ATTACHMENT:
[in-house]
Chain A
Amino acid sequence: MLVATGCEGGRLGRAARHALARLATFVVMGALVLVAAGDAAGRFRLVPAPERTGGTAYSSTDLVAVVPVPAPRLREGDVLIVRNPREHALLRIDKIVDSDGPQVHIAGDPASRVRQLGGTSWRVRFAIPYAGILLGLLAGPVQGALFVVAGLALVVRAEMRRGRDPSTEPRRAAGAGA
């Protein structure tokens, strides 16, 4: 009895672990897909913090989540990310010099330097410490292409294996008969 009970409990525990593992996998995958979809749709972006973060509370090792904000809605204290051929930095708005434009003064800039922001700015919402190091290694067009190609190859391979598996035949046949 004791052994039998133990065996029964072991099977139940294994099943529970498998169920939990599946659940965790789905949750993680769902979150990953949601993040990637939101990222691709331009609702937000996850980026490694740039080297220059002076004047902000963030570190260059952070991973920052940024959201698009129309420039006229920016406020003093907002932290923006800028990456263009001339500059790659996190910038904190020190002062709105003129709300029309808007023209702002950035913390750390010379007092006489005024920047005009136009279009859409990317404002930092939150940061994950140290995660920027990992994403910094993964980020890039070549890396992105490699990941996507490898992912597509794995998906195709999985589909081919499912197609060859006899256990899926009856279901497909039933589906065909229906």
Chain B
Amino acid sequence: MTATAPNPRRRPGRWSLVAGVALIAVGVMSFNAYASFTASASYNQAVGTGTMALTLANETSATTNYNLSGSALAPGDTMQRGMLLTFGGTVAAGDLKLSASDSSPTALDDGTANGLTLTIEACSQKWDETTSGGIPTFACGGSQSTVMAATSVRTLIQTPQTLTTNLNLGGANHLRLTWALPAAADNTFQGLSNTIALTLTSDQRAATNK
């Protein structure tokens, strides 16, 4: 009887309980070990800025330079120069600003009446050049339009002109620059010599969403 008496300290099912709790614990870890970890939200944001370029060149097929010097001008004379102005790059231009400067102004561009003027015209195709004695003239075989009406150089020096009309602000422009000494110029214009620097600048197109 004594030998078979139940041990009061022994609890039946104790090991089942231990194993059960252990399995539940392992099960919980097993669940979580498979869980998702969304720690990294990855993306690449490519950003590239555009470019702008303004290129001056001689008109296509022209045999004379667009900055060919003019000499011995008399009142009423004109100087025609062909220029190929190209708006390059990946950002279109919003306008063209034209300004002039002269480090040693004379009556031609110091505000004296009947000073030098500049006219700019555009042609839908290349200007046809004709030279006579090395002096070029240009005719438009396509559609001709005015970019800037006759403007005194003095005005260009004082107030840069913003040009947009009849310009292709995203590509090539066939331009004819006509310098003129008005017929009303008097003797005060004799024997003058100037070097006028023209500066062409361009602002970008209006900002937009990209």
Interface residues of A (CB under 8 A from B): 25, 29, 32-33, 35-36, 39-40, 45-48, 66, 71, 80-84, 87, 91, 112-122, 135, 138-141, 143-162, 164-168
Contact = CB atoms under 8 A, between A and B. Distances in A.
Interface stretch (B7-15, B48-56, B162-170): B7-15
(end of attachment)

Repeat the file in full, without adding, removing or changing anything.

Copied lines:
[in-house]
Chain A
Amino acid sequence: MLVATGCEGGRLGRAARHALARLATFVVMGALVLVAAGDAAGRFRLVPAPERTGGTAYSSTDLVAVVPVPAPRLREGDVLIVRNPREHALLRIDKIVDSDGPQVHIAGDPASRVRQLGGTSWRVRFAIPYAGILLGLLAGPVQGALFVVAGLALVVRAEMRRGRDPSTEPRRAAGAGA
């Protein structure tokens, strides 16, 4: 009895672990897909913090989540990310010099330097410490292409294996008969 009970409990525990593992996998995958979809749709972006973060509370090792904000809605204290051929930095708005434009003064800039922001700015919402190091290694067009190609190859391979598996035949046949 004791052994039998133990065996029964072991099977139940294994099943529970498998169920939990599946659940965790789905949750993680769902979150990953949601993040990637939101990222691709331009609702937000996850980026490694740039080297220059002076004047902000963030570190260059952070991973920052940024959201698009129309420039006229920016406020003093907002932290923006800028990456263009001339500059790659996190910038904190020190002062709105003129709300029309808007023209702002950035913390750390010379007092006489005024920047005009136009279009859409990317404002930092939150940061994950140290995660920027990992994403910094993964980020890039070549890396992105490699990941996507490898992912597509794995998906195709999985589909081919499912197609060859006899256990899926009856279901497909039933589906065909229906």
Chain B
Amino acid sequence: MTATAPNPRRRPGRWSLVAGVALIAVGVMSFNAYASFTASASYNQAVGTGTMALTLANETSATTNYNLSGSALAPGDTMQRGMLLTFGGTVAAGDLKLSASDSSPTALDDGTANGLTLTIEACSQKWDETTSGGIPTFACGGSQSTVMAATSVRTLIQTPQTLTTNLNLGGANHLRLTWALPAAADNTFQGLSNTIALTLTSDQRAATNK
């Protein structure tokens, strides 16, 4: 009887309980070990800025330079120069600003009446050049339009002109620059010599969403 008496300290099912709790614990870890970890939200944001370029060149097929010097001008004379102005790059231009400067102004561009003027015209195709004695003239075989009406150089020096009309602000422009000494110029214009620097600048197109 004594030998078979139940041990009061022994609890039946104790090991089942231990194993059960252990399995539940392992099960919980097993669940979580498979869980998702969304720690990294990855993306690449490519950003590239555009470019702008303004290129001056001689008109296509022209045999004379667009900055060919003019000499011995008399009142009423004109100087025609062909220029190929190209708006390059990946950002279109919003306008063209034209300004002039002269480090040693004379009556031609110091505000004296009947000073030098500049006219700019555009042609839908290349200007046809004709030279006579090395002096070029240009005719438009396509559609001709005015970019800037006759403007005194003095005005260009004082107030840069913003040009947009009849310009292709995203590509090539066939331009004819006509310098003129008005017929009303008097003797005060004799024997003058100037070097006028023209500066062409361009602002970008209006900002937009990209």
Interface residues of A (CB under 8 A from B): 25, 29, 32-33, 35-36, 39-40, 45-48, 66, 71, 80-84, 87, 91, 112-122, 135, 138-141, 143-162, 164-168
Contact = CB atoms under 8 A, between A and B. Distances in A.
Interface stretch (B7-15, B48-56, B162-170): B7-15